British Columbia to Ketchikan

 

 

Pruth Bay, top of lookout..a natural “Japanese” garden
Pruth Bay, top of lookout..a natural “Japanese” garden

We made it!!!  We’re in Alaska!  We crossed the border last Wednesday night and have been in Ketchikan this past week doing boat repairs and reprovisioning, seeing the sights. All the “gates”, the tricky water, is behind us. We’ve had excellent weather and no rough seas.  Our cruising skills have been improving as well as our anchoring skills. This boat is a beast. It’s 58ft. long, 18ft wide, and 31ft high. It weighs 63 tons. When we dock the boat, Dick is managing the controls about 20ft above the dock level and I’m on the dock with one line to begin tying it up. The wind is blowing the boat away from the dock, the stern slips away.  I can no longer get on the boat. People are watching us. We need a system!  We now have a system! It works great and makes us feel so good that we can wrestle this beast to rest. Last year we were more trial and error, but we’ve read about it and made some improvements. Same with anchoring. Many of the places on this trip do not have docks.  We must anchor in beautiful bays with deep water. You have to make sure you have a good bottom to hold the anchor. You have to let out all the anchor chain to reach the bottom, plus more to hold the boat. The more horizontal your anchor chain, the better hold you get.  The longer the chain you let out, the longer the swing radius, the more you can crash into when the tide changes, so you need to balance these two concepts. These requirements are critical to achieve, or you can never leave your boat to go hiking, explore a town, or sleep well. No one wants to find the boat washed up on the rocks. We have gotten so much better at doing this and trusting this.  We have much, much more to learn, and I’m sure the trip will provide the opportunity.  I know I write about the mechanics of getting there a lot, maybe more than what we see.  Operating this boat and navigating the water and weather is paramount to to our safety, and is part of every move we make.

We had a beautiful trip up the west coast of mainland British Columbia. We were able to go through some narrow channels and see some granite-walled fiords with waterfalls.  We anchored in isolated inlets that were barely a slit in the landscape. I got to see eagles mating. They lock talons from above and spin to the ground. It’s very rare to see.  Dick was in the shower and missed it. We stopped at Pruth Bay on Calvert Island which is home to the Hakai Luxvbalis Consrvancy Research Station. They maintain beautiful hiking trails to the west side of the island which meet the expanse of Queen Charlotte Sound. Our anchorage provided a great view of an eagle pair who occupied a nearby tree. We have met some couples who are on the same journey and we drop in and out of each other’s path along the way. They always have great tips on where to go, where the prawns and crabs are, where to fish for salmon.  Dick has gotten his down riggers and lures out and we’re planning to start fishing this coming week. We haven’t managed to catch crab yet, but we’ve only tried twice.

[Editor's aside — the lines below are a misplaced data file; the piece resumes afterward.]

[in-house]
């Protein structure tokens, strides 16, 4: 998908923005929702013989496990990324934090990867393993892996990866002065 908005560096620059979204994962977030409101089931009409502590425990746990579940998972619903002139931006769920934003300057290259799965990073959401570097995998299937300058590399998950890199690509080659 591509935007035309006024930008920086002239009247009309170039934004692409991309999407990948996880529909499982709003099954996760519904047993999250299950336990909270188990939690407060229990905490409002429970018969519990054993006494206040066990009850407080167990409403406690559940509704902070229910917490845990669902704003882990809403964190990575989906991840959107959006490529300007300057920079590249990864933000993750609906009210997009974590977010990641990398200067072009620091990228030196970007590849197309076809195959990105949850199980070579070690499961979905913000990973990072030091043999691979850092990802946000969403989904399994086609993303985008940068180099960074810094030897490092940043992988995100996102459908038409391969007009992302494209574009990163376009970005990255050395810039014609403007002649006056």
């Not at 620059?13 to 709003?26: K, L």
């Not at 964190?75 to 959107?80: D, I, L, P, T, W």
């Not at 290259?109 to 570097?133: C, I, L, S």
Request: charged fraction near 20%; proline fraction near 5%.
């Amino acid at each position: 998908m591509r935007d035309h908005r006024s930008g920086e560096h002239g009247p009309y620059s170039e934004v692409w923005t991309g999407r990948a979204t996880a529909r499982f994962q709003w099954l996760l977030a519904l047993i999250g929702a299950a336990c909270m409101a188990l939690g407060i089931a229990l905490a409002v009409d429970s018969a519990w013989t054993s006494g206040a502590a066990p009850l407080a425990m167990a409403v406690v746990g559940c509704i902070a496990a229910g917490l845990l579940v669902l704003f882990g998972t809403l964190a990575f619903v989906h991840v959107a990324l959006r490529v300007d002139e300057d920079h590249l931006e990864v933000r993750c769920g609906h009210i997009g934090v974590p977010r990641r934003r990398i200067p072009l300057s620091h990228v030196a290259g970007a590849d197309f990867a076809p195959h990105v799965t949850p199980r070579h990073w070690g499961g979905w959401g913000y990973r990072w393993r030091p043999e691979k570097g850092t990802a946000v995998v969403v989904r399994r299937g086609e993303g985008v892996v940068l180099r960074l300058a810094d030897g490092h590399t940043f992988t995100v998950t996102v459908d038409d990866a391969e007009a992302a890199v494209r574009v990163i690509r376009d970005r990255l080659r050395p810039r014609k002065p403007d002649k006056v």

We are looking forward to seeing Alaska.  Tomorrow we go to Misty Fiords National Wilderness Monument and circumnavigate Revillagigedo Island (ask anyone here and no one knows how to pronounce it). We’ll be a week in the wilderness and be in Wrangell next week. We’ve enjoyed our stay in Ketchikan. The cruise ship industry has taken over. 10-15 thousand people get off the ships everyday to shop, eat, and walk around. The ships never stay overnight, so everyday is a new batch of folks. It’s culture shock for us. I stumbled into being invited to a Saturday afternoon knitting group at the local yarn shop and I got a chance to sit with some local women for a few hours. They were grateful for the cruise industry because it’s their economy. Fishing and logging has diminished. These women were hearty. They live among fishermen and hunters, bears in their gardens, but they are like most women I know too.  Where do you get your haircut?, how are the grandkids?, any luck with the tomatos this year?.  I loved every minute of it. They were even reading the same books as our book club in Tucson. The great Circle.  

 

Miles Inlet, a very private anchorage
Miles Inlet, a very private anchorage

Ursula Channel, Gribbel Island<br><br>
Ursula Channel, Gribbel Island

Dolphins playing off our bow
Dolphins playing off our bow

 


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